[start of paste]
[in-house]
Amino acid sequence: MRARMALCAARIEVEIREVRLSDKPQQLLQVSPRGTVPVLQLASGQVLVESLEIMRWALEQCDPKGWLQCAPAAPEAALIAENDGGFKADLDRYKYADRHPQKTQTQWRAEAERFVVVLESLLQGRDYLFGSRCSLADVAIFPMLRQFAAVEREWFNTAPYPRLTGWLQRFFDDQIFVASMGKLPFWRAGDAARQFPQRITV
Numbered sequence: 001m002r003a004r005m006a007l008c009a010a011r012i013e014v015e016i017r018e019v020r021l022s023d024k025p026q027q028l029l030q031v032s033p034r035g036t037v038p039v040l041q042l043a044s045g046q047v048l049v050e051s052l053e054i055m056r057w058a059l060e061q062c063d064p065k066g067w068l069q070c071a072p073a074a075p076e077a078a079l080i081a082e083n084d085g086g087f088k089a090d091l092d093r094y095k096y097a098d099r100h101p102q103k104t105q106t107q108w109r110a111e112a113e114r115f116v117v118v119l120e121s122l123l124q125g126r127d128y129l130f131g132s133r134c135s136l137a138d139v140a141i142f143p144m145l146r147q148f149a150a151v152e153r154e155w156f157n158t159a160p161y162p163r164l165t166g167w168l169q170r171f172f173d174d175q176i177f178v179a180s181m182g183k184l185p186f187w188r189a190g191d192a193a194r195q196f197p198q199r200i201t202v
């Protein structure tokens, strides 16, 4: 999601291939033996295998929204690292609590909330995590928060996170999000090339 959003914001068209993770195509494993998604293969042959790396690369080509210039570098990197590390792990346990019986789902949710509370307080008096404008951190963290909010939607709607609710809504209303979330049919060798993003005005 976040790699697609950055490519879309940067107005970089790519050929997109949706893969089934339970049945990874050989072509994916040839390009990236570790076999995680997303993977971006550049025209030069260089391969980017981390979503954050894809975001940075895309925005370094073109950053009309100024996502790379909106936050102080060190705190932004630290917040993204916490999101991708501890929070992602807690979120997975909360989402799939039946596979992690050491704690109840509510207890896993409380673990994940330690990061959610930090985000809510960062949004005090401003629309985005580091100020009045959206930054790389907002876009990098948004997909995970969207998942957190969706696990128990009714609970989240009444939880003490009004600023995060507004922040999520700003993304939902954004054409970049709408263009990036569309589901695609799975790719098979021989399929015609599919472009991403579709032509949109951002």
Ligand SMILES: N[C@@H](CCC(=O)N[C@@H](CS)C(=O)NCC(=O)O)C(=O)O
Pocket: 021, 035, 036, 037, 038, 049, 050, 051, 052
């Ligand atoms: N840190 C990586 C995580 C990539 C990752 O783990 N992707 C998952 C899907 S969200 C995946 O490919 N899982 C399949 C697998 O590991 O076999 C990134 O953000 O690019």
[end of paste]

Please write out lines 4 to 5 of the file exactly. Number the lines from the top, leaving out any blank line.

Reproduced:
């Protein structure tokens, strides 16, 4: 999601291939033996295998929204690292609590909330995590928060996170999000090339 959003914001068209993770195509494993998604293969042959790396690369080509210039570098990197590390792990346990019986789902949710509370307080008096404008951190963290909010939607709607609710809504209303979330049919060798993003005005 976040790699697609950055490519879309940067107005970089790519050929997109949706893969089934339970049945990874050989072509994916040839390009990236570790076999995680997303993977971006550049025209030069260089391969980017981390979503954050894809975001940075895309925005370094073109950053009309100024996502790379909106936050102080060190705190932004630290917040993204916490999101991708501890929070992602807690979120997975909360989402799939039946596979992690050491704690109840509510207890896993409380673990994940330690990061959610930090985000809510960062949004005090401003629309985005580091100020009045959206930054790389907002876009990098948004997909995970969207998942957190969706696990128990009714609970989240009444939880003490009004600023995060507004922040999520700003993304939902954004054409970049709408263009990036569309589901695609799975790719098979021989399929015609599919472009991403579709032509949109951002």
Ligand SMILES: N[C@@H](CCC(=O)N[C@@H](CS)C(=O)NCC(=O)O)C(=O)O